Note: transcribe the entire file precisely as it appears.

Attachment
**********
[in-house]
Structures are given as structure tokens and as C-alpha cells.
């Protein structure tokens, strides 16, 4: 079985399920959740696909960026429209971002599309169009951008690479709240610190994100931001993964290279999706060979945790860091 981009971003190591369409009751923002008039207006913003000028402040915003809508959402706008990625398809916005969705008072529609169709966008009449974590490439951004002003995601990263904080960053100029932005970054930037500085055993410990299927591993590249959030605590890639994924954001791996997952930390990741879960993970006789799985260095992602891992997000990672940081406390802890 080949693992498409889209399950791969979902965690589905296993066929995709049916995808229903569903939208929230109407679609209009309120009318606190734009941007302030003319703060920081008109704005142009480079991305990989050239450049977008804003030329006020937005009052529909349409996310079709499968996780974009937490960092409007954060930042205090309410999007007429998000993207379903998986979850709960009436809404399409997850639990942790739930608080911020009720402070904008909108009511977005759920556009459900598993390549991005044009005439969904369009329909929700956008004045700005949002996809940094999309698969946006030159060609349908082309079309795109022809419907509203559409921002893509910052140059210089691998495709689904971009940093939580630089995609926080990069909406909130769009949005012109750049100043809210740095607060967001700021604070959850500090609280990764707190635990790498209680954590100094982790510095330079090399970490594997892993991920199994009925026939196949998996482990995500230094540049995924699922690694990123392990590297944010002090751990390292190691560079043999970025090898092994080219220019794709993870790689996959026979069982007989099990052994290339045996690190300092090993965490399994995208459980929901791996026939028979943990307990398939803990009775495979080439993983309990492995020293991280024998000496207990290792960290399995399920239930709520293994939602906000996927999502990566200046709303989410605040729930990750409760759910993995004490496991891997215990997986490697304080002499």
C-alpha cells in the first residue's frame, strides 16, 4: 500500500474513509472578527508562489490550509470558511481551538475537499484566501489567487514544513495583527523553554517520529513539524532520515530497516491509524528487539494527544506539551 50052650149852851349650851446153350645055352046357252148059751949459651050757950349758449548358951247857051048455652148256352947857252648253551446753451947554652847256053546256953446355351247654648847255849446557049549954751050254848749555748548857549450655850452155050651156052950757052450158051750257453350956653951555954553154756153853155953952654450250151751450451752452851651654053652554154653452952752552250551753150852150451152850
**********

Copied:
[in-house]
Structures are given as structure tokens and as C-alpha cells.
């Protein structure tokens, strides 16, 4: 079985399920959740696909960026429209971002599309169009951008690479709240610190994100931001993964290279999706060979945790860091 981009971003190591369409009751923002008039207006913003000028402040915003809508959402706008990625398809916005969705008072529609169709966008009449974590490439951004002003995601990263904080960053100029932005970054930037500085055993410990299927591993590249959030605590890639994924954001791996997952930390990741879960993970006789799985260095992602891992997000990672940081406390802890 080949693992498409889209399950791969979902965690589905296993066929995709049916995808229903569903939208929230109407679609209009309120009318606190734009941007302030003319703060920081008109704005142009480079991305990989050239450049977008804003030329006020937005009052529909349409996310079709499968996780974009937490960092409007954060930042205090309410999007007429998000993207379903998986979850709960009436809404399409997850639990942790739930608080911020009720402070904008909108009511977005759920556009459900598993390549991005044009005439969904369009329909929700956008004045700005949002996809940094999309698969946006030159060609349908082309079309795109022809419907509203559409921002893509910052140059210089691998495709689904971009940093939580630089995609926080990069909406909130769009949005012109750049100043809210740095607060967001700021604070959850500090609280990764707190635990790498209680954590100094982790510095330079090399970490594997892993991920199994009925026939196949998996482990995500230094540049995924699922690694990123392990590297944010002090751990390292190691560079043999970025090898092994080219220019794709993870790689996959026979069982007989099990052994290339045996690190300092090993965490399994995208459980929901791996026939028979943990307990398939803990009775495979080439993983309990492995020293991280024998000496207990290792960290399995399920239930709520293994939602906000996927999502990566200046709303989410605040729930990750409760759910993995004490496991891997215990997986490697304080002499």
C-alpha cells in the first residue's frame, strides 16, 4: 500500500474513509472578527508562489490550509470558511481551538475537499484566501489567487514544513495583527523553554517520529513539524532520515530497516491509524528487539494527544506539551 50052650149852851349650851446153350645055352046357252148059751949459651050757950349758449548358951247857051048455652148256352947857252648253551446753451947554652847256053546256953446355351247654648847255849446557049549954751050254848749555748548857549450655850452155050651156052950757052450158051750257453350956653951555954553154756153853155953952654450250151751450451752452851651654053652554154653452952752552250551753150852150451152850